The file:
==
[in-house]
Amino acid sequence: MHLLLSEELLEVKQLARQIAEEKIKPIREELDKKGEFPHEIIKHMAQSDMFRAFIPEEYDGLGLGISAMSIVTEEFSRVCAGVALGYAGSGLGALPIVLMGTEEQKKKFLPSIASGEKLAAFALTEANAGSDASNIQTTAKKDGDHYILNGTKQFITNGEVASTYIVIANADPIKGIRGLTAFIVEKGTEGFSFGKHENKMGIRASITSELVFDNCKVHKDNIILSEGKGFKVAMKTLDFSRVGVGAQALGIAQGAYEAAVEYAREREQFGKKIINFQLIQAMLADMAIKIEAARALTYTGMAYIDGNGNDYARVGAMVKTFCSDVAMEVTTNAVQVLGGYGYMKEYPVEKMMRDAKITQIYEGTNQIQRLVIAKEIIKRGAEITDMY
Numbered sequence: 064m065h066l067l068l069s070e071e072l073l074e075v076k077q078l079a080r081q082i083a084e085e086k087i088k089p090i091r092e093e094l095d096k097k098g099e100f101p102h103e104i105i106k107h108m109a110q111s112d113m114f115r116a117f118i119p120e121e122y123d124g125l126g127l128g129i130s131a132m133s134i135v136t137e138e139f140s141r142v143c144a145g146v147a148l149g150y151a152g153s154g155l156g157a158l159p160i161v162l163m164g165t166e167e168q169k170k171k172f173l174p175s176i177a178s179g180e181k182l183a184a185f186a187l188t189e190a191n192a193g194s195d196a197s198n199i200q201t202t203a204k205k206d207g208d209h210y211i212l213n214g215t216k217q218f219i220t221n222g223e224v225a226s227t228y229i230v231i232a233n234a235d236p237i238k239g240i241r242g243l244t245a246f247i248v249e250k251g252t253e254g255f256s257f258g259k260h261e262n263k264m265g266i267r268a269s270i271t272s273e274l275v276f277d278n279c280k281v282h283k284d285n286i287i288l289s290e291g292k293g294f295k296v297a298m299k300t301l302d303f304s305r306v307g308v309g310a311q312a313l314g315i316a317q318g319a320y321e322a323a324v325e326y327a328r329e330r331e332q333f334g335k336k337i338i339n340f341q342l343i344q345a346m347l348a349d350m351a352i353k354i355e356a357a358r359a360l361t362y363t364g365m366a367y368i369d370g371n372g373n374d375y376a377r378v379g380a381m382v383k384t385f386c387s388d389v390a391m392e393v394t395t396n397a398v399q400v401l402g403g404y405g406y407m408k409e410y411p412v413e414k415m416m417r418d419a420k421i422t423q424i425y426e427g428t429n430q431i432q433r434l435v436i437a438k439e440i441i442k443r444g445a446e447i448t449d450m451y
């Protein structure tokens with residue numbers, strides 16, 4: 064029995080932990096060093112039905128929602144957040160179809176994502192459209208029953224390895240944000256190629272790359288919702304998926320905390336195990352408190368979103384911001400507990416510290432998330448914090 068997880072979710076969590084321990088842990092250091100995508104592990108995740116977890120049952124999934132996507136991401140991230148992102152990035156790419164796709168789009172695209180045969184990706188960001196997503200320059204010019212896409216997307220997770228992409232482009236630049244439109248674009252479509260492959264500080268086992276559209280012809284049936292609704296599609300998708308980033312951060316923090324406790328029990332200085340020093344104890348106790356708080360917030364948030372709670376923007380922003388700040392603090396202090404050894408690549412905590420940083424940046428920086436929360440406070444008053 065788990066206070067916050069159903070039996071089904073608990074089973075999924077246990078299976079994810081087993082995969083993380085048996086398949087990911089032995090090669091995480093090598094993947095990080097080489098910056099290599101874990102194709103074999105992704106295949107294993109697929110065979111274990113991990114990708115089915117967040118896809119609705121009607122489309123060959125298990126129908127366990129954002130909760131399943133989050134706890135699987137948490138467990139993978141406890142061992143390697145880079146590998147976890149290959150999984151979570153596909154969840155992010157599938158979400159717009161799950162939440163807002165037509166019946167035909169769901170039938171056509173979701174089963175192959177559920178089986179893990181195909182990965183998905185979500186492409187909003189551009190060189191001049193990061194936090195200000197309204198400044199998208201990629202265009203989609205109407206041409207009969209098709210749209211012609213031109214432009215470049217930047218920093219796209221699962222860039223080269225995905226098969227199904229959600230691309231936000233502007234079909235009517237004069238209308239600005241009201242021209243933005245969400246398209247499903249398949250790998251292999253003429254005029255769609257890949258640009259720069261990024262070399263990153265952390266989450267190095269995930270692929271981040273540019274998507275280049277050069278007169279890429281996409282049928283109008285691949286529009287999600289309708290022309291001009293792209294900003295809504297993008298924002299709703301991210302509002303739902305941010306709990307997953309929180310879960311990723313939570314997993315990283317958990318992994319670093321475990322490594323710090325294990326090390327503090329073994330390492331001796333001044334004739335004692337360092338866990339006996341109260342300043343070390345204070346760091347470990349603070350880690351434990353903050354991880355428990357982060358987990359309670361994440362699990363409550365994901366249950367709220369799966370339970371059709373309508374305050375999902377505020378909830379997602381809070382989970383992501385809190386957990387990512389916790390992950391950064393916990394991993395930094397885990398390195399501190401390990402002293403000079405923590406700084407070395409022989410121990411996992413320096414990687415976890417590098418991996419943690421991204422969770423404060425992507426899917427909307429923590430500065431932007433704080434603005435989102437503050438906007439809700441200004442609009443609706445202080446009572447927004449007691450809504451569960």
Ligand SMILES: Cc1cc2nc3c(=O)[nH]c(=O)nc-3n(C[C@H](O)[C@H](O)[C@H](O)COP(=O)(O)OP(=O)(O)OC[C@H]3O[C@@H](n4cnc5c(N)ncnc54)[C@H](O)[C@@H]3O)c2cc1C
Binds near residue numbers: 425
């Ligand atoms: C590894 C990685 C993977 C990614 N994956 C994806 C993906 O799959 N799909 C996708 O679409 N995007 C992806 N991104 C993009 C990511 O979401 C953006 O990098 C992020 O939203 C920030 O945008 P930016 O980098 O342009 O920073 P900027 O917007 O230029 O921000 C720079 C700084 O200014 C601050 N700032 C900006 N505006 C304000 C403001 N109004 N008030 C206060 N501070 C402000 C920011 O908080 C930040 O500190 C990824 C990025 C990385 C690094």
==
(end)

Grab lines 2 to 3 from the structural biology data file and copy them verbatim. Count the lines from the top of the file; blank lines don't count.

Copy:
Amino acid sequence: MHLLLSEELLEVKQLARQIAEEKIKPIREELDKKGEFPHEIIKHMAQSDMFRAFIPEEYDGLGLGISAMSIVTEEFSRVCAGVALGYAGSGLGALPIVLMGTEEQKKKFLPSIASGEKLAAFALTEANAGSDASNIQTTAKKDGDHYILNGTKQFITNGEVASTYIVIANADPIKGIRGLTAFIVEKGTEGFSFGKHENKMGIRASITSELVFDNCKVHKDNIILSEGKGFKVAMKTLDFSRVGVGAQALGIAQGAYEAAVEYAREREQFGKKIINFQLIQAMLADMAIKIEAARALTYTGMAYIDGNGNDYARVGAMVKTFCSDVAMEVTTNAVQVLGGYGYMKEYPVEKMMRDAKITQIYEGTNQIQRLVIAKEIIKRGAEITDMY
Numbered sequence: 064m065h066l067l068l069s070e071e072l073l074e075v076k077q078l079a080r081q082i083a084e085e086k087i088k089p090i091r092e093e094l095d096k097k098g099e100f101p102h103e104i105i106k107h108m109a110q111s112d113m114f115r116a117f118i119p120e121e122y123d124g125l126g127l128g129i130s131a132m133s134i135v136t137e138e139f140s141r142v143c144a145g146v147a148l149g150y151a152g153s154g155l156g157a158l159p160i161v162l163m164g165t166e167e168q169k170k171k172f173l174p175s176i177a178s179g180e181k182l183a184a185f186a187l188t189e190a191n192a193g194s195d196a197s198n199i200q201t202t203a204k205k206d207g208d209h210y211i212l213n214g215t216k217q218f219i220t221n222g223e224v225a226s227t228y229i230v231i232a233n234a235d236p237i238k239g240i241r242g243l244t245a246f247i248v249e250k251g252t253e254g255f256s257f258g259k260h261e262n263k264m265g266i267r268a269s270i271t272s273e274l275v276f277d278n279c280k281v282h283k284d285n286i287i288l289s290e291g292k293g294f295k296v297a298m299k300t301l302d303f304s305r306v307g308v309g310a311q312a313l314g315i316a317q318g319a320y321e322a323a324v325e326y327a328r329e330r331e332q333f334g335k336k337i338i339n340f341q342l343i344q345a346m347l348a349d350m351a352i353k354i355e356a357a358r359a360l361t362y363t364g365m366a367y368i369d370g371n372g373n374d375y376a377r378v379g380a381m382v383k384t385f386c387s388d389v390a391m392e393v394t395t396n397a398v399q400v401l402g403g404y405g406y407m408k409e410y411p412v413e414k415m416m417r418d419a420k421i422t423q424i425y426e427g428t429n430q431i432q433r434l435v436i437a438k439e440i441i442k443r444g445a446e447i448t449d450m451y